In addition to the summer-camp program, Lawson started afterschool and weekend enrichment programs for area kids—taking them to the James, rock-climbing, almost anywhere outdoors, hoping someday to offer something like that to Richmond's public schools. But in her second year with BSF, she got another call—this time from local school advocate Bob Albright, asking if she could help elementary kids who had never even seen a forest or stream, and therefore were unprepared for the basic science component of state-mandated tests. Again starting as a Saturday program, BSF's Explorers took a whole class of kids and their teachers to the river or area teaching farms to show them the basics of ecology, learn to work together better, and get real live dirt under their nails.
The logistics behind the Saturday program proved tricky, though, and Lawson wondered if a school would let them run a similar program during class time. Knowing it was a long-shot, she approached five city schools. Every one jumped at the chance, and in one year BSF went from serving 35 second-graders to serving 360, then 550. In academic year starting this fall, BSF will be working with 720 students at eight public schools connect to the natural world that lies miles from their homes.
Providing a monthly schedule where entire grade-levels leave school for a half-day of hands-on instruction about watersheds, animals and their habitats, the food chain and water cycle—a curriculum tracked to Virginia's Standards of Learning requirements—Blue Sky Fund is a literal Godsend for a city school system with multimillion-dollar budget shortfalls. Twelve kids plus a teacher or chaperone (and any parents who want to come along) follow a BSF leader through two science stations and one life-skills exercise focused on challenges, resiliency, and teamwork.
If Explorers is BSF's largest program, the Outdoor Leadership Institute is its smallest—but it's also the most transformative, says Wijesooriya. The institute recruits intentionally diverse groups of 10 to 12 high-school students from across the city (all boys or all girls in each group) to commit to a year of growing individually and together, beginning with a five-day wilderness experience and culminating in a project that instills the idea that leadership begins with servanthood in a community.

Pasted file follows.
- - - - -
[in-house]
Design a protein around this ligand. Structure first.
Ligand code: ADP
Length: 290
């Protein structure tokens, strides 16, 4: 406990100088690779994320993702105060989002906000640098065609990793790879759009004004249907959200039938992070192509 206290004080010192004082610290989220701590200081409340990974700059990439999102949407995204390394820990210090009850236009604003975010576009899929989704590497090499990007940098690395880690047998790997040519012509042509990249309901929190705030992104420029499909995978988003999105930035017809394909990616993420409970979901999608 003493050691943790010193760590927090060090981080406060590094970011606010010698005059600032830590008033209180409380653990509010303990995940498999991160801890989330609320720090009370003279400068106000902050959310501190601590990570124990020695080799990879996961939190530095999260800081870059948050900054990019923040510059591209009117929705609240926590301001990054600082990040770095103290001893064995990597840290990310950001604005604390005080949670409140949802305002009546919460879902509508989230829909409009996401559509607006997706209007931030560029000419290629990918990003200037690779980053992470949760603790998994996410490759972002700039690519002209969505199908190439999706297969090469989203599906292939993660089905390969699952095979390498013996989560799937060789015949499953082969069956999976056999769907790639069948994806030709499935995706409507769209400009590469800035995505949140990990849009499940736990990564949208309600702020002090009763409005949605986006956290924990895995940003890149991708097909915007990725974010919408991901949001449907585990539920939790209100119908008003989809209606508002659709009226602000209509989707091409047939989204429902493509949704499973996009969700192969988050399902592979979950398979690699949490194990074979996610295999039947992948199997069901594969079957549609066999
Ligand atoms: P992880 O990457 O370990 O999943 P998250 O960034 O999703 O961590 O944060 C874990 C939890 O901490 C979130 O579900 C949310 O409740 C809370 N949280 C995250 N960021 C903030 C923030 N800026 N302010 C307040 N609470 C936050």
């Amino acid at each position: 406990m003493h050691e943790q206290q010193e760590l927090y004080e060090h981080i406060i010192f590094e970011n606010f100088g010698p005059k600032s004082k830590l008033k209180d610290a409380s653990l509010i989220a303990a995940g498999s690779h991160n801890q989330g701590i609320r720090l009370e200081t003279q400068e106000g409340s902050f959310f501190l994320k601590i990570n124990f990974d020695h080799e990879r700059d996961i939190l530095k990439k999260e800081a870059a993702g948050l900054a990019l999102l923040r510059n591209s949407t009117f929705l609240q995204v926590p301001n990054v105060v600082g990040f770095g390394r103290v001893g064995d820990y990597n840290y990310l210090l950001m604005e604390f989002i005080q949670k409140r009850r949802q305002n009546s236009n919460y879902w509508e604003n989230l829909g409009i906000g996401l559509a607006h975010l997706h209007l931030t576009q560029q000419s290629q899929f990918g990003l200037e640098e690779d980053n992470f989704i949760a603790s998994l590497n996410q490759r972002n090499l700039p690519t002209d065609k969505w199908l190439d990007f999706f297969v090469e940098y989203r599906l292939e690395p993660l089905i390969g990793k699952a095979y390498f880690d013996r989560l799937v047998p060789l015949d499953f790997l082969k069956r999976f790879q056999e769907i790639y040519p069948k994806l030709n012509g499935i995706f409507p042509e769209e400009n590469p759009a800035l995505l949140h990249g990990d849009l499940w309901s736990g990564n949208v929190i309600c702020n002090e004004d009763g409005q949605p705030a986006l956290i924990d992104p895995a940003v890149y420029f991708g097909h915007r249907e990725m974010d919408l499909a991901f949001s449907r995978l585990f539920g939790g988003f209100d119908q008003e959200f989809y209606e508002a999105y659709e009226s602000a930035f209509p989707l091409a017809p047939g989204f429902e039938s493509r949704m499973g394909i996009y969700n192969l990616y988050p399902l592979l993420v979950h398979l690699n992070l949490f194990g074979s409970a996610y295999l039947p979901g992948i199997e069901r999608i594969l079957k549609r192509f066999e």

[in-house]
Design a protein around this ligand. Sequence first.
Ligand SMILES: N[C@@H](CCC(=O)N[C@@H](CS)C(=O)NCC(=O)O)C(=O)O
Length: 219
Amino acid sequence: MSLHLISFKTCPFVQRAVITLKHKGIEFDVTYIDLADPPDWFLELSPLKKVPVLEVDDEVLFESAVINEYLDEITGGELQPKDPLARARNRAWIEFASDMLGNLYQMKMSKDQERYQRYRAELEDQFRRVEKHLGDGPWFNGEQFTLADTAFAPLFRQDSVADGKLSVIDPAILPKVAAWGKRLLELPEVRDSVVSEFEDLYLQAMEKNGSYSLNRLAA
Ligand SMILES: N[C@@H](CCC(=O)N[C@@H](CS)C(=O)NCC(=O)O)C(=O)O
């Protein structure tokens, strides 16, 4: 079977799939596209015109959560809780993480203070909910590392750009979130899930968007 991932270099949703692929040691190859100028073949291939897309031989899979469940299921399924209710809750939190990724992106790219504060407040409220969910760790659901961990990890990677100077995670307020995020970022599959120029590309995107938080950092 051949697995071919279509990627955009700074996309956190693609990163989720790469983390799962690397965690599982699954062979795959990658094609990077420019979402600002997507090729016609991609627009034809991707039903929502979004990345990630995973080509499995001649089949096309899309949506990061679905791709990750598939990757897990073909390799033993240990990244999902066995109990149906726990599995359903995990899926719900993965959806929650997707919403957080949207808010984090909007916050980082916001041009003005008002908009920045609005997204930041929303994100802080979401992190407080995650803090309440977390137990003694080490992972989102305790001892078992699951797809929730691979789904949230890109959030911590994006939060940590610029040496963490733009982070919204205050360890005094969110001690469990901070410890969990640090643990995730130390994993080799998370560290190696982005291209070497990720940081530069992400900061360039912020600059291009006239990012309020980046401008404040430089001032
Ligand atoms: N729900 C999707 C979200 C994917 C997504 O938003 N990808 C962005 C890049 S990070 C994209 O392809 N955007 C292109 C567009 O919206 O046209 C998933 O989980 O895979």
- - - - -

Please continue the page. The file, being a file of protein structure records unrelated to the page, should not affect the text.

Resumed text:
BSF selects participants who will bring different experiences to the table—or tent, as it were. And it's not just inner-city black youth and affluent white suburbanites. Richmond is no longer a city of just black and white, and there are areas of both poverty and wealth throughout the city and its surrounding counties. The BSF staff are working to perfect the model by accounting for applicants who are not just diverse but already overcommitted as well: the kind of sensitive interpersonal and spiritual work that happens in these groups depends on them being together regularly and dependably. But even with a few bumps along the way, the results have been extremely fulfilling both for participants and leaders, not least because the institute is a context in which Christian faith can be discussed as the grounds upon which their view of personal reconciliation and community development is based.
Wijesooriya believes that "organizations can't be Christian, only people can." She never hides her faith when she approaches schools or potential donors, insisting that complete transparency is key to maintaining the trust of people and institutions she serves, including letting them know that she understands the restrictions on religious expressions in school-sponsored activities. On the other hand, she cites herself as an example of how being outside can offer a wholeness and connectedness that the Holy Spirit can use to draw us to the Lord in his good time, and thinks the theological foundations for what they teach about stewardship can help kids connect with creation and its Creator: "It's good just to fish, even if you don't talk about Jesus."
As for her own favorite place in Richmond, Wijesooriya names Belle Isle, a 54-acre city park in the middle of the James where BSF does programming and where the Wijesooriya family comes often. She tells of leading school children across the suspension footbridge that connects the island with the north shore of the river, and of their initial fear of the water, which some think might be the ocean. She tells of teaching them "Belle Isle Bingo" and "Oh, Deer," to understand what animals need to survive, and of having a deer bound through the woods at just the right moment. Through experiences like this Wijesooriya wants the kids to understand nature better and to excel in their science classes. But more than that, she wants them to claim it as part of their shared heritage with other Richmonders, to know that Richmond isn't just streets and sidewalks and buildings, but the river as well: "This is their city and their river. We want them to be as proud of that as we are."